Are you making the most of your science investigations? When Erin started teaching, she definitely wasn't.
She started by using a mostly lecture-based model for her classroom. Then, when she began to incorporate investigations she didn't consider the purpose of the investigations. Therefore, they didn't add as much value to her classes as they could have.
In this episode, Erin shares easy strategies that she has adopted to add purpose to the science investigations in her classroom.
Common Mistakes Teacher Make with Science Investigations
Often, teachers use investigations or labs to reinforce what students already know about a topic. While there isn't anything inherently wrong with reinforcing content, this strategy doesn't maximize the effectiveness of labs. In fact, investigations are more beneficial when they take place early in a lesson sequence. This way, they help students to discover the content. When students discover the content, it is more meaningful.
Also, teachers often include lab days in their lesson sequence to provide students with a hands-on experience. However, this strategy is short-sided and doesn't the many potential benefits these activities have when they are well thought out.
Add purpose to your science investigations without making it overly complicated.
It isn't difficult to make your investigations more purposeful. Here are three easy ways that you can add purpose simply and easily.
1) Consider your instructional sequence.
This change is easy because you are basically just changing the order that you teach the material. Often, students aren't given a chance to investigate until the teacher has taught the content. But this isn't the most effective strategy.
Explore Before Explain
Whenever possible, use an “explore before explain” strategy in your lesson sequence. Have students do the investigation first, before you provide an explanation.
Keep it REALLY simple in the beginning.
Sometimes, teachers hesitate to do this because they don’t think that students know enough to be able to do the investigation. So, in a sense, they front load that information to get them ready for a lab. Often, this comes in the form of background information provided on the front of a lab sheet. However, these pieces aren't necessary for learning.
When you are creating an investigation at the beginning of your lesson sequence, strip it down as much as possible to allow students to discover information. That way, students can begin to make sense of the content and you can help provide clarity later.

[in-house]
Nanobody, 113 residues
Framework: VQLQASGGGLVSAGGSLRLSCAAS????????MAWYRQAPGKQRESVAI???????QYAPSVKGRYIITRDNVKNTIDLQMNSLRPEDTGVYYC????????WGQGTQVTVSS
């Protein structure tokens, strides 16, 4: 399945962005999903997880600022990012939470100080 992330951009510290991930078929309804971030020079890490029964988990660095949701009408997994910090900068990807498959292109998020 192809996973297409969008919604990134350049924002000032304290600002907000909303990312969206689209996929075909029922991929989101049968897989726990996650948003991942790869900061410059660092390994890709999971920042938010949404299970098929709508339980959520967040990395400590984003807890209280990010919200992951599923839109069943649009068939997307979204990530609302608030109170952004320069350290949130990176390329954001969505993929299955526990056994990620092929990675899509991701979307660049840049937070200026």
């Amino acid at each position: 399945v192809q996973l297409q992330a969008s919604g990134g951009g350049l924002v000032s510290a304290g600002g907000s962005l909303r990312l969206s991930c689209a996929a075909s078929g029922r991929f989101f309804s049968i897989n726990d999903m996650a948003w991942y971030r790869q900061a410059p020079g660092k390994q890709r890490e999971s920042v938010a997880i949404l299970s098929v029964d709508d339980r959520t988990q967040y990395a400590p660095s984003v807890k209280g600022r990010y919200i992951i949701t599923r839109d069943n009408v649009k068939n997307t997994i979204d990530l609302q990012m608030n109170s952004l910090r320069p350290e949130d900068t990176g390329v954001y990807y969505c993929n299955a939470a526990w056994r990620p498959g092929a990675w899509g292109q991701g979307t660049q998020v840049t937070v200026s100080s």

You CAN let them investigate again later in the lesson sequence.
This doesn't have to be the end of the investigation process. You can do an exploration piece at the beginning and come back to it a little later and add more meat to it, if you will. For example, it can be really difficult for students to plan an investigation when they don’t know anything about the content. So, let them do a little exploration, give them more background info and then hand the investigation back to them.
2) Target at least one SPECIFIC subcomponent of the Science and Engineering Practices.
This one likely seems obvious. Still, many of the traditional labs that we use don't actually connect to a Science and Engineering Practice. If you want to be sure, check out the NSTA matrix for the Science and Engineering Practices. See if you can circle one of the science and engineering practices that you are connecting to.
Rethinking Your Lab Activities
For example, Erin recalls a strawberry DNA extraction activity that she did in her classroom for years. In this activity, students extracted and observed DNA. Students loved this activity, but there was little or no connection to the Science and Engineering Practices.
In that case, there are a few things that you can do:
- Use the activity as an engagement-style activity and incorporate the practices elsewhere in your lesson sequence.
- Find a way to include one of the practices.
- Replace the activity with one that incorporated the practices.
Whatever you decided to do, make sure that you are included the practices at some point in your lesson sequence.
3) Make sure that there is a context for your activity.
The best way to make sure that there is a context is to make sure that the activity connects to your anchor. This connection doesn't have to directly relate to the anchor. For example, the activity can help answer one of the questions that the students had when the anchor was introduced.
Check out these episodes to learn more:
- How to Teacher for Student Discovery
- How to Incorporate More Exploration
- Is Time to Ditch the Scientific Method?
Are you interested in student-driven science investigations?
Erin has developed a signature 5-step method for making the shift towards student- driven investigation in your science class. The waitlist is open now for this exciting new course. Fill out the form below to get on the waitlist.